The SfAA has been more important to me than any professional organization. In 1999, I joined as a graduate student. For two decades, I have consistently participated by presenting research, attending workshops and educational sessions. I became a Fellow in 2010, Senior Fellow in 2016 and Sustaining Fellow in 2018. I served on the Nominations and Elections Committee (2017 – 2019), chairing the committee for the 2018 election. I currently serve on the Oral History Committee (2017 – 2020). I belong to the Association for Anthropologists and Gerontologists, the Gerontological Society of America, the Southern Gerontological Society, and the American Institute for Maghrib Studies. My teaching experience spans community, public, and private colleges. In 2005 I became Lecturer in the University of Kentucky Department of Anthropology where I am now Assistant Professor. I have conducted research in the US and abroad. This includes investigating family involvement in nursing home decision-making, aging in an agricultural region in Morocco, social networks in an urban nursing home, health and nutritional practices of elders in rural North Carolina, and aging and agricultural practices of farmers in North Carolina. Since 2005, I have conducted applied research for the Kentucky Transportation Cabinet, the Lexington-Fayette Urban County Government, and Stantec Engineers for an environmental justice mitigation for the Newtown Pike Extension Road Project. In 2006 I completed a social needs assessment and then continued to assist in neighborhood redevelopment. I am currently conducting an evaluation of the project. I would work diligently to contribute to the society’s rich environment for sharing information and expertise, and continue the long tradition of “can’t miss this” annual meetings that appeal to a diverse membership. An important goal is to increase student membership and participation. One way might be targeted but cost-effective outreach to universities similar to a successful campus student representative program I started for the Gerontological Society of America in 1995. Another idea might be special topic-based showcase sessions for undergraduate research and more sessions for students on presenting research and participation at meetings. Finally, I would like to create opportunities for inter-generational dialogue, sharing knowledge, experience, and new ideas.
PhD, 1997 University of California, Los Angeles
Amy Paul-Ward is an Associate Professor of Occupational Therapy at Florida International University. She is an applied medical anthropologist whose work is at the intersection of anthropology, social justice, occupational therapy/science and disability studies. Her work focuses on addressing transitional barriers people face at different points in the life course. In partnership with key stakeholders, she engages in program development to meet the needs of diverse populations including foster care and homeless youth, young adults with cognitive impairments in post-secondary transition programs, and incarcerated women. As a critical medical anthropologist, she advocates for providing occupational therapy services for individuals who do not traditionally have access. In particular, she is known for influencing the national conversation on OT and foster care. Paul-Ward is a Fellow of the Society for Applied Anthropology, a Board member (Secretary) of the Council of Nursing and Anthropology (CONAA), and a former Co-Chair of the Occupational Science, Occupational Therapy, and Anthropology Interest Group in the National Association of Practicing Anthropologists (NAPA). Other significant governance experience includes serving as a member of the Faculty Senate at Florida International University and having served as a member of the executive committee for the FIU-United Faculty of Florida (FIU-UFF) for 8 years.
I am honored to be nominated for a position on the SfAA Board. My knowledge, skillset and experience have prepared me to perform the duties of a board member. From my extensive background in community engaged and social justice oriented work, I have the abilities needed to work with many different colleagues and stakeholders. From these experiences, I have seen firsthand why we need to highlight the relevance of an anthropological approach for addressing worldwide problems. As a board member, I would work hard to facilitate initiatives that ensure anthropologists in all kinds of roles have the network and resources they need to be most effective. I feel this is a contribution I can make to this key professional organization, especially as it envisions its role for supporting the profession in the future. Having played a role in the strategic planning process for my institution, I bring hands on experience that is beneficial at this critical time. If elected to serve in this capacity, I welcome the opportunity to work on this planning process and represent the interests of anthropologists across all settings.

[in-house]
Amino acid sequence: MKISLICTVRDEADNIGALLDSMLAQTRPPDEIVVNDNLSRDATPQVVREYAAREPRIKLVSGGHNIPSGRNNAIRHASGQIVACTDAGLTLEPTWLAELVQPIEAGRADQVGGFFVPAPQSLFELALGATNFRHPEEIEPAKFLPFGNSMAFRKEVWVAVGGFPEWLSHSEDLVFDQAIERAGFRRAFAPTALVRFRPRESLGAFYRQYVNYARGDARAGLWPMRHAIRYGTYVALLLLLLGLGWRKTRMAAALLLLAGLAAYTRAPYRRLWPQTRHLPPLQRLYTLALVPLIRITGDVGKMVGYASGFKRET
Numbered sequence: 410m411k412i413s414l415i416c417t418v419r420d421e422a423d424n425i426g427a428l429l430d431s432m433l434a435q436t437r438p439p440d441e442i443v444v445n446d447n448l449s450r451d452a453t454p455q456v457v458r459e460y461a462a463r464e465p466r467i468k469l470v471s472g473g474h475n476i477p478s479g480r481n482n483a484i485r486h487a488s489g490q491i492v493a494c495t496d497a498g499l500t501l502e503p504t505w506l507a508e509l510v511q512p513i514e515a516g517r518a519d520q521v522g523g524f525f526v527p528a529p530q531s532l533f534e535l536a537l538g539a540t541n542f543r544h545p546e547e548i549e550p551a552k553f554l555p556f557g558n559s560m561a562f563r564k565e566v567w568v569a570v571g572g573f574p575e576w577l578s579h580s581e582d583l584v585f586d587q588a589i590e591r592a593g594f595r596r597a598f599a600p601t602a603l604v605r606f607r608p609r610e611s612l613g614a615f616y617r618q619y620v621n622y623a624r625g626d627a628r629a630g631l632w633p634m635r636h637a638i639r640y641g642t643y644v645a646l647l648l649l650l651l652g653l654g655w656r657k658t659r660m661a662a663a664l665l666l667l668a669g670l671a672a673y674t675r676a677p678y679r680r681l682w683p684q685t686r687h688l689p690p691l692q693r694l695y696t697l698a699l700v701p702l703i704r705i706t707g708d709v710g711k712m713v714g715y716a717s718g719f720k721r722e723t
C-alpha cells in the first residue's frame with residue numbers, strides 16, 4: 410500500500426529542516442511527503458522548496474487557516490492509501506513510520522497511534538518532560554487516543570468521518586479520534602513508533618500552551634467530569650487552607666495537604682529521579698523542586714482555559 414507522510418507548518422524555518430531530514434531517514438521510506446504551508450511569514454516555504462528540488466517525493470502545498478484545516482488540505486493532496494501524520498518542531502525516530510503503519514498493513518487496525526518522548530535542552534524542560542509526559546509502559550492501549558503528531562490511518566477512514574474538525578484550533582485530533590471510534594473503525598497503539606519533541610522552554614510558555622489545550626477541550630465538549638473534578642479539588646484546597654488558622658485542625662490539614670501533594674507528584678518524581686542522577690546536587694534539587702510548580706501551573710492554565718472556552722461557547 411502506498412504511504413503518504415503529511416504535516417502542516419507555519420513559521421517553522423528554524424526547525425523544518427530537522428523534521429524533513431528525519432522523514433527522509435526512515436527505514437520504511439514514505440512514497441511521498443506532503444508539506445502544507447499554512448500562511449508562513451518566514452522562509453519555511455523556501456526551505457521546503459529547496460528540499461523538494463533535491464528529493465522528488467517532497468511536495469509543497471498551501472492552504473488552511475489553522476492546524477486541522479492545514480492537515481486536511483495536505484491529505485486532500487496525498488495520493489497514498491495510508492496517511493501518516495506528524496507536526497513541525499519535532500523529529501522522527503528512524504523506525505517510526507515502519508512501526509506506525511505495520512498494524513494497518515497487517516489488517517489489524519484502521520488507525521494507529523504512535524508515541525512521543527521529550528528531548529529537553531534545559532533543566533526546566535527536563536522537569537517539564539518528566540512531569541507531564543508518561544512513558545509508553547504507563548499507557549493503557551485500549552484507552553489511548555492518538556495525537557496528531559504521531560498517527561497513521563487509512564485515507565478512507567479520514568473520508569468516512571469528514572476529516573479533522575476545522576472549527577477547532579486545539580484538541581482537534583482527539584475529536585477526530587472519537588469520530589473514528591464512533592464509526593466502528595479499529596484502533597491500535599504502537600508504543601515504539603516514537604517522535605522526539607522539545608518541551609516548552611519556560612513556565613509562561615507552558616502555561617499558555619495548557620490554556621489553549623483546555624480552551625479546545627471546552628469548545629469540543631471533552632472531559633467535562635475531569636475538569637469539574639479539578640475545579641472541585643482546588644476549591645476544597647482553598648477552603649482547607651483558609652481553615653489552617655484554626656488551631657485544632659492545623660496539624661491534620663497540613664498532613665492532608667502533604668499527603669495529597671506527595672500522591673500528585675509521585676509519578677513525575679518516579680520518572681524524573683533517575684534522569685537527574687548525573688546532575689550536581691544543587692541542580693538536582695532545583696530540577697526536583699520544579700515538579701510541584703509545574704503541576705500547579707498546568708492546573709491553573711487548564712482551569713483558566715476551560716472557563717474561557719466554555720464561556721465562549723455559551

My name is Narelle Warren and I am an applied medical anthropologist based in Melbourne, Australia. My research examines people's experiences of chronicity in later life and associated practices of care in Australia and Malaysia. I focus on the innovations and adaptations that people make in order to negotiate competing demands of everyday life following a significant health event or a diagnosis. In doing so, my research is situated at the nexus of aging and the life course studies and disability studies. The majority of my research has attended to four conditions/ bodily contexts: stroke, age-related neurodegenerative illness, amputation, and cognitive impairment.
My research is multidisciplinary, and I have worked in a range of different departments. After receiving my doctorate in public health in 2007, I then worked within a social science research centre in a school of psychology for 9 years. My current position (since 2015) is as a senior lecturer in a school of social sciences, where I hold part-fraction appointments in both anthropology and sociology. This means that I am required to work with diverse audiences, although I largely work with peer-driven disability organisations in Australia and a health and demographic surveillance site in Malaysia. I am currently writing up my study on the affordances of post-stroke life in Malaysia, and completing a project on the social, legal and ethical implications of gene editing (with colleagues in law and bioethics). Important in this is communicating anthropological insights for diverse publics, from community members to government.
I nominated for the SfAA board as I have been a member since 2003, and am actively involved in the aging and disability streams at the conference. Being on the board is an opportunity to extend these engagements. Thank you for reading!